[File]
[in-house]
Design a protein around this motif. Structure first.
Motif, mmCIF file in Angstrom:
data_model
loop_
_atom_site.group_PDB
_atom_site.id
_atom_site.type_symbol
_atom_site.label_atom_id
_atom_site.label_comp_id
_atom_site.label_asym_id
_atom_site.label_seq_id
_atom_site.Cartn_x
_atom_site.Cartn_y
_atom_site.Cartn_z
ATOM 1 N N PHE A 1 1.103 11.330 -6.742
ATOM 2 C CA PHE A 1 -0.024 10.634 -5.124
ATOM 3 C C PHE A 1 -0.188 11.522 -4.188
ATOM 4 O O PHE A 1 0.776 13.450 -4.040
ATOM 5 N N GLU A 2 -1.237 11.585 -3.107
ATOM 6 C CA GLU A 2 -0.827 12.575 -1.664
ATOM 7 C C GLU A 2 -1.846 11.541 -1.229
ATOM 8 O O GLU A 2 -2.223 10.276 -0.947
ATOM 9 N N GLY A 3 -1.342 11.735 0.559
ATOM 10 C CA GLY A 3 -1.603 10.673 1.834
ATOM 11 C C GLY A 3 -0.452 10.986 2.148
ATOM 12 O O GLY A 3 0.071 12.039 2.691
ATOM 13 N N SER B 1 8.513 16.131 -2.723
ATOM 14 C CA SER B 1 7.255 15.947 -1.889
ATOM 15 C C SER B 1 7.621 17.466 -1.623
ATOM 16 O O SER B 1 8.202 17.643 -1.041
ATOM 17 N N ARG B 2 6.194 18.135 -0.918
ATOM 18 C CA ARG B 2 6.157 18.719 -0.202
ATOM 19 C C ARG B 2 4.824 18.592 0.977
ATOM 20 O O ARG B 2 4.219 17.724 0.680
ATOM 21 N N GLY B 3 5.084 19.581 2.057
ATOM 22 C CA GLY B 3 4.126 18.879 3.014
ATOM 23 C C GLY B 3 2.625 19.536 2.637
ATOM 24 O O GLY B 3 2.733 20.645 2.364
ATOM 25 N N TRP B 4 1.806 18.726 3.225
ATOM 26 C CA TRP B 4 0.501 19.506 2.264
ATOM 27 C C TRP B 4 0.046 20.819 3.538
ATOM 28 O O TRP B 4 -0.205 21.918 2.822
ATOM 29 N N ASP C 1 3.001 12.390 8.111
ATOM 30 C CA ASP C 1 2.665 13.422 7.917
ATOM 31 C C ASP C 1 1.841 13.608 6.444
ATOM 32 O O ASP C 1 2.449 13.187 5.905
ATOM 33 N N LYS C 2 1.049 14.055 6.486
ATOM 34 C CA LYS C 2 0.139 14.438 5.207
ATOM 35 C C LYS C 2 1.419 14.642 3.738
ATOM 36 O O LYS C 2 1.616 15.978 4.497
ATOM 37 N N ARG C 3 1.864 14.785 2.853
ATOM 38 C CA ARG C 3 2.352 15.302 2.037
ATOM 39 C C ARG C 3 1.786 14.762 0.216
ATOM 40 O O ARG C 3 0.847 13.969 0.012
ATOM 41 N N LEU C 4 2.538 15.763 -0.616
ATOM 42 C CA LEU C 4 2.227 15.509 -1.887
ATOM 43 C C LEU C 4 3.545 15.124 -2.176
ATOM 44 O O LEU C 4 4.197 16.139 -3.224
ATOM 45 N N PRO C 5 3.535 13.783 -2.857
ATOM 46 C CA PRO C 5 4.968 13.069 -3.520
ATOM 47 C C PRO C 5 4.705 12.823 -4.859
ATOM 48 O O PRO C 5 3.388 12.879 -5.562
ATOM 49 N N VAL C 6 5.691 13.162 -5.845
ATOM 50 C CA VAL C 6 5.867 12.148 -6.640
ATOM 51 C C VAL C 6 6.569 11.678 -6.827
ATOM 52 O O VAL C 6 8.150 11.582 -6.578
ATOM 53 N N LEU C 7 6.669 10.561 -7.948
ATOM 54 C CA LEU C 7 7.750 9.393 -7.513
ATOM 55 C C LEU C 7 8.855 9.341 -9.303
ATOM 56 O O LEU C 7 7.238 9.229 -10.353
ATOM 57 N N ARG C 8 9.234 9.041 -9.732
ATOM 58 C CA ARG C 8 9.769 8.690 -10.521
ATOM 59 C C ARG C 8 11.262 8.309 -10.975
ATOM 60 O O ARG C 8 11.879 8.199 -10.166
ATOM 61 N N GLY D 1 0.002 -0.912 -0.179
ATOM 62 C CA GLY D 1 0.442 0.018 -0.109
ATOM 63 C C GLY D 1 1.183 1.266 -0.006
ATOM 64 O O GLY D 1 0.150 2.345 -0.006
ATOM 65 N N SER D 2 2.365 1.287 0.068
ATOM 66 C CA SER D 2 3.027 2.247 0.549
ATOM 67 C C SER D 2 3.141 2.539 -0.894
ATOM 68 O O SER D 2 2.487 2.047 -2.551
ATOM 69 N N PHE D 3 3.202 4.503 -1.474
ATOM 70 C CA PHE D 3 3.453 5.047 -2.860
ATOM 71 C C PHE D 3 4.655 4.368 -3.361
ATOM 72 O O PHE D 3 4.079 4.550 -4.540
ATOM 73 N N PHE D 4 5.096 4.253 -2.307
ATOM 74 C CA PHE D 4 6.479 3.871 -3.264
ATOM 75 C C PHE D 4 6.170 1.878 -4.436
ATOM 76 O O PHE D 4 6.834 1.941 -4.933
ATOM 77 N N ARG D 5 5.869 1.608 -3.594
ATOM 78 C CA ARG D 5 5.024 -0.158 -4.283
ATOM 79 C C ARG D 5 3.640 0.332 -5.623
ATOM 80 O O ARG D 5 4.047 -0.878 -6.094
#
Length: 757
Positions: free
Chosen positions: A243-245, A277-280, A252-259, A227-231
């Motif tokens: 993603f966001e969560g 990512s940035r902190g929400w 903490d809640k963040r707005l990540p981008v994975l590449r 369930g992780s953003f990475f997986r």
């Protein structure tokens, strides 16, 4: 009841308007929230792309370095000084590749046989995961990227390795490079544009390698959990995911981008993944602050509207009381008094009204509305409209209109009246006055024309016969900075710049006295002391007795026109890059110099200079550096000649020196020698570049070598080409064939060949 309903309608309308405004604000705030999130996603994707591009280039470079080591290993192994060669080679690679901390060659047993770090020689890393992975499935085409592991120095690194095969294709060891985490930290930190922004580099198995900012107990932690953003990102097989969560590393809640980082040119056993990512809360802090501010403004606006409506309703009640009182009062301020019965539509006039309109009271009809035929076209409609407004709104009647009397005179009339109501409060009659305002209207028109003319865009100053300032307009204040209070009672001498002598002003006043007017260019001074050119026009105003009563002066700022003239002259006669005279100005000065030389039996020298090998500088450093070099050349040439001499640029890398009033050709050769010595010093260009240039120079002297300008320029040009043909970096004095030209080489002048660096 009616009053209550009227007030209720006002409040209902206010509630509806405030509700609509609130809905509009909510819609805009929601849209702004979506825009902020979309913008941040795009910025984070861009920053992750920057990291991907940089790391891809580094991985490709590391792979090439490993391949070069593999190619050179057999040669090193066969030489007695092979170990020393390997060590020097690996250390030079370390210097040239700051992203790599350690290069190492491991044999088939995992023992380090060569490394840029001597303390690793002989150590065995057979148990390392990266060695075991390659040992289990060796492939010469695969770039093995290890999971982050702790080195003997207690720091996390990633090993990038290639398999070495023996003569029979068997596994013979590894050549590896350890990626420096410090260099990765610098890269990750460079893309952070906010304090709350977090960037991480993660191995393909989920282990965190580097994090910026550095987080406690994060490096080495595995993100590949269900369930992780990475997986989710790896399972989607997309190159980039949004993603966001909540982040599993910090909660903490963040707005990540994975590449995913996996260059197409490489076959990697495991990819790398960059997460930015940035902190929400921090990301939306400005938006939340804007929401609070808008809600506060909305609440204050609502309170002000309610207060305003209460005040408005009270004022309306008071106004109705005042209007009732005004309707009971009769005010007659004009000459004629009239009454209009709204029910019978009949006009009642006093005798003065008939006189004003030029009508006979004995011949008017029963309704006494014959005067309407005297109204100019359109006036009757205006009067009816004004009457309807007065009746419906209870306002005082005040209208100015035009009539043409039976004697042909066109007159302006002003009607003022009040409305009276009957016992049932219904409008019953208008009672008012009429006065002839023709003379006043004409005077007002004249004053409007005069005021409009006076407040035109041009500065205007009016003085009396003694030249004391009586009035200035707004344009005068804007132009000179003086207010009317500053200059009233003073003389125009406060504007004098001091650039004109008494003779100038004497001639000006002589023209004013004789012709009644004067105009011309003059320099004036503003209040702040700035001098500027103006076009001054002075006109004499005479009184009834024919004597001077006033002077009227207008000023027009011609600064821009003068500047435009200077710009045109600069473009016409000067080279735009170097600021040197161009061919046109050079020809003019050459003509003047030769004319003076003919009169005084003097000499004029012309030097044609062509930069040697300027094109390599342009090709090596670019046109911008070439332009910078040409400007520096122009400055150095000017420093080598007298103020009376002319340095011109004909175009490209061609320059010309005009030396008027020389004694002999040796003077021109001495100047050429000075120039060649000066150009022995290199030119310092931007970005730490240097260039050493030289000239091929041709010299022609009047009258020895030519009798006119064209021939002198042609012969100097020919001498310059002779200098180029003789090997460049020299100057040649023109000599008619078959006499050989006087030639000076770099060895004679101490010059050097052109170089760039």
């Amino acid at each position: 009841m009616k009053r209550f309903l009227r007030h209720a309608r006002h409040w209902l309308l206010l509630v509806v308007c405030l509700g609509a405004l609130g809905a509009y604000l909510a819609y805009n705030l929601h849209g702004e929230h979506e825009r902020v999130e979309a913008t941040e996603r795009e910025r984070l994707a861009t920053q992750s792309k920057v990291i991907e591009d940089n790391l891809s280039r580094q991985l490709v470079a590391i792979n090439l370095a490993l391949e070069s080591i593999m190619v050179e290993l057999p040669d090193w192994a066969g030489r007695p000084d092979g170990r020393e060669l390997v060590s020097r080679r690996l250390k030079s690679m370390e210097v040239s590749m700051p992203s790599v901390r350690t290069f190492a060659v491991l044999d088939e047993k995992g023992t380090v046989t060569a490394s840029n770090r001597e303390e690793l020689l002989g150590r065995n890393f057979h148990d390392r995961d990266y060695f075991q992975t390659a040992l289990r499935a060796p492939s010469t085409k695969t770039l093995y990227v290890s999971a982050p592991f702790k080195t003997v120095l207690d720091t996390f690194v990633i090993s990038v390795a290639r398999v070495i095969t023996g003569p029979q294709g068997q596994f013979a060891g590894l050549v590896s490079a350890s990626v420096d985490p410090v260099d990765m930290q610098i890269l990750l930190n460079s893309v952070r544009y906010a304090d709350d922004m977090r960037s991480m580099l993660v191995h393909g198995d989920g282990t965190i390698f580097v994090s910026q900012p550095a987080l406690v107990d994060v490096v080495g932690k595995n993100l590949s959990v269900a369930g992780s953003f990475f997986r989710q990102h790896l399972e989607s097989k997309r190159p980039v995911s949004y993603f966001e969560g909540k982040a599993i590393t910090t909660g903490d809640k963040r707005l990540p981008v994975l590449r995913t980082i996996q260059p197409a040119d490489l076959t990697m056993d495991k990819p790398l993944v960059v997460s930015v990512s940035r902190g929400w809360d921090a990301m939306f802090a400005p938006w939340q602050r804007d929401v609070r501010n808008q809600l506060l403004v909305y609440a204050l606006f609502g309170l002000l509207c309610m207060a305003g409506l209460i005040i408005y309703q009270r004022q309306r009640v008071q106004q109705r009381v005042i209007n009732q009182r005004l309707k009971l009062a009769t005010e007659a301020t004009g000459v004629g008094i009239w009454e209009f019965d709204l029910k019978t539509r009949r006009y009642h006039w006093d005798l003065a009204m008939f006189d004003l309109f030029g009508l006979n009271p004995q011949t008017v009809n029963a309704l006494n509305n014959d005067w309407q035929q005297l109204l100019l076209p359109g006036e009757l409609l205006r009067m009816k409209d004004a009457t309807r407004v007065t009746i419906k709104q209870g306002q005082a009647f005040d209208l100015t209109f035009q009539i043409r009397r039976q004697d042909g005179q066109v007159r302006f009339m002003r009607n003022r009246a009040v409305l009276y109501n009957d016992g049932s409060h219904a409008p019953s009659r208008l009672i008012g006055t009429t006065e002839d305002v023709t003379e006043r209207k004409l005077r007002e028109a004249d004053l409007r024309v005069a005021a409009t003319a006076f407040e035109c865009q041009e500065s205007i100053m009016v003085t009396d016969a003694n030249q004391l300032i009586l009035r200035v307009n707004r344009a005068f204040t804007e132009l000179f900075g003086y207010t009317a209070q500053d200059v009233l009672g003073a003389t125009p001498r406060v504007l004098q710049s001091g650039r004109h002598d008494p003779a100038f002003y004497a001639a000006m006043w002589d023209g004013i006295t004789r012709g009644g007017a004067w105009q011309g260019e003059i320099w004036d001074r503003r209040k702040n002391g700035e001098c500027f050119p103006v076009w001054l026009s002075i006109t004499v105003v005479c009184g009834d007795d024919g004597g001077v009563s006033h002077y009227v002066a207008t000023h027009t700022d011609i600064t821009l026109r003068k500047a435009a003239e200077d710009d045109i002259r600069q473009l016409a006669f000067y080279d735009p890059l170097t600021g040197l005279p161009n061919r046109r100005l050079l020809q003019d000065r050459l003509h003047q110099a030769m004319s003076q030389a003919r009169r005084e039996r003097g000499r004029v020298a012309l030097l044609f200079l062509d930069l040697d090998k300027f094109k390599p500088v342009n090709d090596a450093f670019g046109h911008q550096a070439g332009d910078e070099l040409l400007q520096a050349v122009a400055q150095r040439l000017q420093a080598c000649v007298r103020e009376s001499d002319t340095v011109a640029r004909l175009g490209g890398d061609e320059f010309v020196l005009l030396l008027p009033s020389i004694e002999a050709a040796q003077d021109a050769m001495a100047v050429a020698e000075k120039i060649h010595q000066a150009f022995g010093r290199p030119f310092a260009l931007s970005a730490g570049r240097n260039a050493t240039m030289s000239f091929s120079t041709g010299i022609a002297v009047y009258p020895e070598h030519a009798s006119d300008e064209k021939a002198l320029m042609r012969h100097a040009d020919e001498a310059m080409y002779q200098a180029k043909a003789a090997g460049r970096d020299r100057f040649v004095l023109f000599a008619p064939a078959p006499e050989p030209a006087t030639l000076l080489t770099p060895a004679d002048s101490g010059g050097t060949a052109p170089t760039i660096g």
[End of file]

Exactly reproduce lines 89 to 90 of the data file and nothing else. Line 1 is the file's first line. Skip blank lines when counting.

ATOM 74 C CA PHE D 4 6.479 3.871 -3.264
ATOM 75 C C PHE D 4 6.170 1.878 -4.436